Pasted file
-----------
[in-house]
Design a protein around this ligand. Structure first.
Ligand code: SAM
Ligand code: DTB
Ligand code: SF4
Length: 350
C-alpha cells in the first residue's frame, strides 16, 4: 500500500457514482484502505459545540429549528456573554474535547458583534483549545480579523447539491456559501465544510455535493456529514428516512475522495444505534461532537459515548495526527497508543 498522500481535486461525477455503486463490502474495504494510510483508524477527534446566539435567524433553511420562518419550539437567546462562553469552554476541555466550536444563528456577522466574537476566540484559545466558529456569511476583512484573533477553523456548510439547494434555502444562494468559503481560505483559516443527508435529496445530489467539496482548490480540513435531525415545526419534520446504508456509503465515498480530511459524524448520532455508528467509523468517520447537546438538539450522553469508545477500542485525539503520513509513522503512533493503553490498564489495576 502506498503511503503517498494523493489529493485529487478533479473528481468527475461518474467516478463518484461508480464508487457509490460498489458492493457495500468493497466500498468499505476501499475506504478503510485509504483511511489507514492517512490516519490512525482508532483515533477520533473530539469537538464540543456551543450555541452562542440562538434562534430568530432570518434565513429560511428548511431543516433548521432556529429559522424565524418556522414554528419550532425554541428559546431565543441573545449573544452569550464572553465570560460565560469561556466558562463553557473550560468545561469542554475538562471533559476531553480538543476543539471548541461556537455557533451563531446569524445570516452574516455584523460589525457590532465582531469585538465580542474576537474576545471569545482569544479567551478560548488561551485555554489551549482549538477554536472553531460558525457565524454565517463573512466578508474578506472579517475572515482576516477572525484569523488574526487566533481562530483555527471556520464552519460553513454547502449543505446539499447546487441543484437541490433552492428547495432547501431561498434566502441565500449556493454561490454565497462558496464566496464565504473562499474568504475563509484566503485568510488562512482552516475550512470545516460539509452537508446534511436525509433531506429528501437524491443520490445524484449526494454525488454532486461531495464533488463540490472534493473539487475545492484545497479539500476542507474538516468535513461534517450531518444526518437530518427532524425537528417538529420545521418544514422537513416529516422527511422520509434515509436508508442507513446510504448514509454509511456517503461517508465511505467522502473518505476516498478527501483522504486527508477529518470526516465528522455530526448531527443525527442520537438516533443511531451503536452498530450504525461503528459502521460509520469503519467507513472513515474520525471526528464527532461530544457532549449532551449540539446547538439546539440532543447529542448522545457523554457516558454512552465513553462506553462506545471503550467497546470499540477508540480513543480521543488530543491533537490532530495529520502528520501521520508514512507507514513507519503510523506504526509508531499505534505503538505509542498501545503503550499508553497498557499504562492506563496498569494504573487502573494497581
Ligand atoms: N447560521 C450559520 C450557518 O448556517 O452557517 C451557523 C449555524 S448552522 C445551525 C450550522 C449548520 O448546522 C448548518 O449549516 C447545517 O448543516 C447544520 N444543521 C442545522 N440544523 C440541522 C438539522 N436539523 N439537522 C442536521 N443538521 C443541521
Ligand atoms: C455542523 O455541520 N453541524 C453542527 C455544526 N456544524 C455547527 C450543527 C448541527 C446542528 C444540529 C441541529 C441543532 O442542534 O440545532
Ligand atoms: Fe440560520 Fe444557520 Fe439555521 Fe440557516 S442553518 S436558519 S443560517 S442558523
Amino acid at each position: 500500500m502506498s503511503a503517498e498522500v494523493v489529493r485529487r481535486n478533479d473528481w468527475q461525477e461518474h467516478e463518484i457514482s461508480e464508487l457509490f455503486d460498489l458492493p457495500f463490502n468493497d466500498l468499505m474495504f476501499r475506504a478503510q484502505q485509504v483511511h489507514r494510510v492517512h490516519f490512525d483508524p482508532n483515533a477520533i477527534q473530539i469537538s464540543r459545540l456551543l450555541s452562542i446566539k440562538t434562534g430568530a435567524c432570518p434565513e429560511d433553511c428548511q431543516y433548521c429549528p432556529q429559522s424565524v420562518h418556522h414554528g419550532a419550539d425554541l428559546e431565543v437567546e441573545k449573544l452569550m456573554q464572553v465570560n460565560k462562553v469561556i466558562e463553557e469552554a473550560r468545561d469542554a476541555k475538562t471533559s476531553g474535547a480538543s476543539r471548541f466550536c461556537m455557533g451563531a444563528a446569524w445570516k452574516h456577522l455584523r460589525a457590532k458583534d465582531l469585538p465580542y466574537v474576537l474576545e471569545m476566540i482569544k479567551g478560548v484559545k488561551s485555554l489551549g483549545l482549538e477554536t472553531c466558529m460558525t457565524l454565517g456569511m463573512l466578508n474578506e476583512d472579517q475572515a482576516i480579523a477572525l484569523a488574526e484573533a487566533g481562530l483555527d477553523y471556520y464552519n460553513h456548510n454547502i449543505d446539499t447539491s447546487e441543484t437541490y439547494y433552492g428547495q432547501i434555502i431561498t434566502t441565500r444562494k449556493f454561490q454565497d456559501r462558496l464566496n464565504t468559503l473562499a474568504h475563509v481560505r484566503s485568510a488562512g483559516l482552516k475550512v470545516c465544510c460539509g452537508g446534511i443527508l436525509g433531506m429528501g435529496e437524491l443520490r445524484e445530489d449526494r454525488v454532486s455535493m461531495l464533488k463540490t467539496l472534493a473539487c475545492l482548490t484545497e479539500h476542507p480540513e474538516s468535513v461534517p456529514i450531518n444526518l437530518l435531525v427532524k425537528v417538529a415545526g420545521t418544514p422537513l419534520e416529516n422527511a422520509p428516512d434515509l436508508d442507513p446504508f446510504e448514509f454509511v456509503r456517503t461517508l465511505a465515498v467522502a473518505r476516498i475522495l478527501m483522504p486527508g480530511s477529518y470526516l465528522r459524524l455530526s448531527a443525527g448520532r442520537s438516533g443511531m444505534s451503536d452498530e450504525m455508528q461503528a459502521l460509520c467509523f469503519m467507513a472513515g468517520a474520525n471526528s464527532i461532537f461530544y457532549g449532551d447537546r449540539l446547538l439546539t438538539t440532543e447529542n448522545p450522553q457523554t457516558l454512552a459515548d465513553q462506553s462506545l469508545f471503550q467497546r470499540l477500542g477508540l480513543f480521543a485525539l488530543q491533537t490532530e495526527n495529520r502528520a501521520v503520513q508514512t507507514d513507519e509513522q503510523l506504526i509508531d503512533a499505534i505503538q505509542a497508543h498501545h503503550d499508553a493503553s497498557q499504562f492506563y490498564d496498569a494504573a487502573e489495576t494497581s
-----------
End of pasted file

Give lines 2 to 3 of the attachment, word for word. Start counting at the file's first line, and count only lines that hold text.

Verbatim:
Design a protein around this ligand. Structure first.
Ligand code: SAM